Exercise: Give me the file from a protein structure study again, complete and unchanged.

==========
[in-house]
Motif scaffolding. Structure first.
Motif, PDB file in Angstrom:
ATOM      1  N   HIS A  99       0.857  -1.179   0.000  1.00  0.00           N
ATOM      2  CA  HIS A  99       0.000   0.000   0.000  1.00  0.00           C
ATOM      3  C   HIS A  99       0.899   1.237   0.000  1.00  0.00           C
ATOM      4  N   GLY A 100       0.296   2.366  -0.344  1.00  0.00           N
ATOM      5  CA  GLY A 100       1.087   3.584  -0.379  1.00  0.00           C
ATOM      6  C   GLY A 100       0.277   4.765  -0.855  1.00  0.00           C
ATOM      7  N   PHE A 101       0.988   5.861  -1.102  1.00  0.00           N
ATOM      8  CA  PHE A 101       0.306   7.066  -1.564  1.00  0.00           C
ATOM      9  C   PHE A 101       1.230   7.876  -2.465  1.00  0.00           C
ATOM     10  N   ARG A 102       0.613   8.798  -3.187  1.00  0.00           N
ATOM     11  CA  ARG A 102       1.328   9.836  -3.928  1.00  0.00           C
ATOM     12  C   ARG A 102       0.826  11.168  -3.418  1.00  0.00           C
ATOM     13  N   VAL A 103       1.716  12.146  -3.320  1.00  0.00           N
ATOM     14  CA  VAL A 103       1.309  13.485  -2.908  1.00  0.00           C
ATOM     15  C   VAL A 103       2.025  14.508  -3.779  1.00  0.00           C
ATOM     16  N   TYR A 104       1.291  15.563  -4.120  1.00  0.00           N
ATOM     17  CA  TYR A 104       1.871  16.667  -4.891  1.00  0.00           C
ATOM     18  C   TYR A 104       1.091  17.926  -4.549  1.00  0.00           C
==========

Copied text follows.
[in-house]
Motif scaffolding. Structure first.
Motif, PDB file in Angstrom:
ATOM      1  N   HIS A  99       0.857  -1.179   0.000  1.00  0.00           N
ATOM      2  CA  HIS A  99       0.000   0.000   0.000  1.00  0.00           C
ATOM      3  C   HIS A  99       0.899   1.237   0.000  1.00  0.00           C
ATOM      4  N   GLY A 100       0.296   2.366  -0.344  1.00  0.00           N
ATOM      5  CA  GLY A 100       1.087   3.584  -0.379  1.00  0.00           C
ATOM      6  C   GLY A 100       0.277   4.765  -0.855  1.00  0.00           C
ATOM      7  N   PHE A 101       0.988   5.861  -1.102  1.00  0.00           N
ATOM      8  CA  PHE A 101       0.306   7.066  -1.564  1.00  0.00           C
ATOM      9  C   PHE A 101       1.230   7.876  -2.465  1.00  0.00           C
ATOM     10  N   ARG A 102       0.613   8.798  -3.187  1.00  0.00           N
ATOM     11  CA  ARG A 102       1.328   9.836  -3.928  1.00  0.00           C
ATOM     12  C   ARG A 102       0.826  11.168  -3.418  1.00  0.00           C
ATOM     13  N   VAL A 103       1.716  12.146  -3.320  1.00  0.00           N
ATOM     14  CA  VAL A 103       1.309  13.485  -2.908  1.00  0.00           C
ATOM     15  C   VAL A 103       2.025  14.508  -3.779  1.00  0.00           C
ATOM     16  N   TYR A 104       1.291  15.563  -4.120  1.00  0.00           N
ATOM     17  CA  TYR A 104       1.871  16.667  -4.891  1.00  0.00           C
ATOM     18  C   TYR A 104       1.091  17.926  -4.549  1.00  0.00           C